Ames City Council discusses accessibility of the Facade Grant Programs


The Ames City Council in the fourth Steering Committee meeting discussed the components of the Ames Climate Action Plan.

Editor’s Note: A previous version of this article incorrectly framed Ward 1 Rep. Gloria Betcher as voting in opposition to the facade grant amendment. The article has since been corrected. The Daily regrets this error.

The Ames City Council voted on changes to programs that will improve the appearance of commercial buildings Tuesday. 

Since there have not been many grant applications to improve buildings near Iowa State’s campus, the city council voted to approve an amendment to the Campustown Facade Grant Program’s application deadline, allowing businesses to apply year-round. In the past, the application deadline was set at the end of February.

Although this decision may lessen competition for grants in the Campustown community, it will give businesses the flexibility to apply for the grant when they can and help prevent the money the city has budgeted from being unused. 

In addition, the city council discussed the Downtown Facade Grant Program. Introduced in 2000, the purpose of the program was to encourage the improvement of the facades of commercial buildings in Downtown Ames while keeping the historical character of the buildings intact.

The grant awards businesses up to $15,000 to improve the facade of a non-residential building that is generally more than 50 years old. Two grant periods are planned for each fiscal year — the first begins in May or June, and the second starts in October. 

During the meeting, the Council discussed option two of the amendment: A property could be awarded up to $30,000 if the project requires funds for the rehabilitation of historically significant, character-defining features if it could be tied to other grant-eligible work. This would be awarded over the two grant periods and phases.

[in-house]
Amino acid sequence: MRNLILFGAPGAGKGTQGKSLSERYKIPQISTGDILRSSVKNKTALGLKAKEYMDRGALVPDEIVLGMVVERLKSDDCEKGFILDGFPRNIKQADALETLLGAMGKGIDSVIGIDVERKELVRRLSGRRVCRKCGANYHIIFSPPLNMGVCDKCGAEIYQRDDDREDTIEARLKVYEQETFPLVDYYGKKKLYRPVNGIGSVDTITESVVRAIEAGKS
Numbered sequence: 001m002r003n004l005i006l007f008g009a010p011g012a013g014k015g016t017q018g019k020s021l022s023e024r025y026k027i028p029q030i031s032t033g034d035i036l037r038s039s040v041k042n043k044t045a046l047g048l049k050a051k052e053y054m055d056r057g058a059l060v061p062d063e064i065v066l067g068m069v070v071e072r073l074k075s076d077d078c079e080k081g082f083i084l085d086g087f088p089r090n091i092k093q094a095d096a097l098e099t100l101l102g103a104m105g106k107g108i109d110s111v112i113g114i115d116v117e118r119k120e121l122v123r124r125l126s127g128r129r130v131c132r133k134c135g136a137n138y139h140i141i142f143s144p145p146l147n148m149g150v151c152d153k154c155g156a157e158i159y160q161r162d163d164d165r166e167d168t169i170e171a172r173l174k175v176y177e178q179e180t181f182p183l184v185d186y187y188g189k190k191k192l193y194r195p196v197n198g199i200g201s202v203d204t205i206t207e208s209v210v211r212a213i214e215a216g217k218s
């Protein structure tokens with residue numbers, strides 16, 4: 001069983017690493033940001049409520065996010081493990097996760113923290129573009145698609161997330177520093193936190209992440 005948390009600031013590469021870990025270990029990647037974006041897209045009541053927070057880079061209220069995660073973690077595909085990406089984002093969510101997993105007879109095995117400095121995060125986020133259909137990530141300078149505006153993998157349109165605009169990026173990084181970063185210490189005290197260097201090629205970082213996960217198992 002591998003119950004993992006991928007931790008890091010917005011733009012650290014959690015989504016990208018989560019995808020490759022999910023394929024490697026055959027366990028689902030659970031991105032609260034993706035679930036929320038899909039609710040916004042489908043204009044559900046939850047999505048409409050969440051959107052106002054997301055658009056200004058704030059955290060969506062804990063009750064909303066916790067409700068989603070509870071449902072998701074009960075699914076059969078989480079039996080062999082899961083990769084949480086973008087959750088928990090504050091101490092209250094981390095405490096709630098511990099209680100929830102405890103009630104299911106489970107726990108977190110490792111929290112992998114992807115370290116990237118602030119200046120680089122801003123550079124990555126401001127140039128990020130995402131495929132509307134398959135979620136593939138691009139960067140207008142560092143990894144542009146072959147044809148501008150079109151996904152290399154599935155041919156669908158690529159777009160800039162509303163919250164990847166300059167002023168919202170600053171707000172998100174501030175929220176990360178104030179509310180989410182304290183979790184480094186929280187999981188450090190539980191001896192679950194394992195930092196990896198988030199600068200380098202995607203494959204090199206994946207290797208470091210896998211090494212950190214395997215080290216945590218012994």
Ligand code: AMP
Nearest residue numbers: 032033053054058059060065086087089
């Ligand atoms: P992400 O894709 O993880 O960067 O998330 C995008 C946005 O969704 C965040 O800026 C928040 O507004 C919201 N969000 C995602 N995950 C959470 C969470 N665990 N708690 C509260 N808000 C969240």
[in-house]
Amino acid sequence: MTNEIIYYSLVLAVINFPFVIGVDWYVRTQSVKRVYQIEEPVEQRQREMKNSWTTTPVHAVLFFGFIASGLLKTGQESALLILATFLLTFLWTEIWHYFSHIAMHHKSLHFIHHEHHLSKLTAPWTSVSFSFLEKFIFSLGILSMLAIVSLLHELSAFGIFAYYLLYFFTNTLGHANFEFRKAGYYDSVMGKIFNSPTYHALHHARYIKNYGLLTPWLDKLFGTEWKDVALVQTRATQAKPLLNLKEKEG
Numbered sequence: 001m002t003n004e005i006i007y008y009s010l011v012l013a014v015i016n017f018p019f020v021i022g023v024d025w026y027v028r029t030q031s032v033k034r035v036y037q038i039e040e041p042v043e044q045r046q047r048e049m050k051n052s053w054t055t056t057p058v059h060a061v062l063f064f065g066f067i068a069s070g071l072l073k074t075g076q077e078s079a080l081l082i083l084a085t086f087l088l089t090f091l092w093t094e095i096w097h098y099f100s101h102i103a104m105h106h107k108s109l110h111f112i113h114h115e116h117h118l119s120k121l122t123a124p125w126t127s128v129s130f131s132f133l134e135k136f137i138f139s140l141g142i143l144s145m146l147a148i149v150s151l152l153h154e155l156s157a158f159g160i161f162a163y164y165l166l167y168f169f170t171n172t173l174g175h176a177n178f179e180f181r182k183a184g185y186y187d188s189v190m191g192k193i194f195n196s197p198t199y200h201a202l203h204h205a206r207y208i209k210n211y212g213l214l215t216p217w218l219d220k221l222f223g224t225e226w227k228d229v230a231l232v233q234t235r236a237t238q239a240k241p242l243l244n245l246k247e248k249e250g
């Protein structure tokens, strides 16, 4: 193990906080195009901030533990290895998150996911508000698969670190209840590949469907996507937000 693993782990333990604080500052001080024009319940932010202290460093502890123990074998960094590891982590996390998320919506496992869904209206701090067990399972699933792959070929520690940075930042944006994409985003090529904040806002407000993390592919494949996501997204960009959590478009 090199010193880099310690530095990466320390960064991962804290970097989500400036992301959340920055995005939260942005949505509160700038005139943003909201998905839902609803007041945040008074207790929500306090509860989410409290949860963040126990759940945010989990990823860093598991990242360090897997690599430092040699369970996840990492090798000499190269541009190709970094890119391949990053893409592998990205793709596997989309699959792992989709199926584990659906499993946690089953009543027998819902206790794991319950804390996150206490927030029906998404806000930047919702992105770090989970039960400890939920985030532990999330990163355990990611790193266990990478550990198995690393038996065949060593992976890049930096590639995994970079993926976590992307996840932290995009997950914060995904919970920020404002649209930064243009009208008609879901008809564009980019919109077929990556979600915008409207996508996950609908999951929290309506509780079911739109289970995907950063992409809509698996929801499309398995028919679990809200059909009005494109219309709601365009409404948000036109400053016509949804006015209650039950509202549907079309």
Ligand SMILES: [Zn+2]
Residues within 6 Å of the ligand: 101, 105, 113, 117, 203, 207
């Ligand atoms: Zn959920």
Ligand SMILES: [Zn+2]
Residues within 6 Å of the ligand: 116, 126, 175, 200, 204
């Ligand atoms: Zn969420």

Chuck Winkleblack, a realtor for Hunziker & Associates in Ames, shared his concerns about the grant’s payment process through two phases. 

“If you knew whether you were going to get the grant, I think it would affect how phase one goes,” Winkleblack said. “I think whether you know whether you have the possibility of getting something might alter the design.” 

According to the Downtown Ames design guidelines, the grant is supposed to encourage businesses to stay true to Downtown Ames’ character– no-nonsense, efficient, matter-of-fact and plain-spoken. 

Ward 1 Rep. Gloria Betcher said she thinks that the option to apply for one of the two and the option to apply for both is essential. 

The original Council Action form made it sound like projects that applied only for the rehabilitation of historic elements would not be considered, and that both rehab and facade improvement would be required. 

“I’m not sure why we would see that as lesser than the facade work, because to me, the historical, those defining characteristics are more important than some new facade that’s put on a building,” said Betcher. “I’m not sure I value the whole package or at least not just the facade more than I value the rehabilitation work.” 

It was clarified that a project may be considered for the grant exclusively for one or the other, or even both.

As a historic preservationist, Betcher thinks that rehab should be allowed on its own for first-round grant applications as well as for second-round applications. 

The Ames City Council motioned to approve the amended Option 2 at a vote of 4-0 to allow the change to the grant program. The city council will continue to iron out the details of the downtown grant program during their coming meetings.

Full staff reports on these programs can be found on the City of Ames website.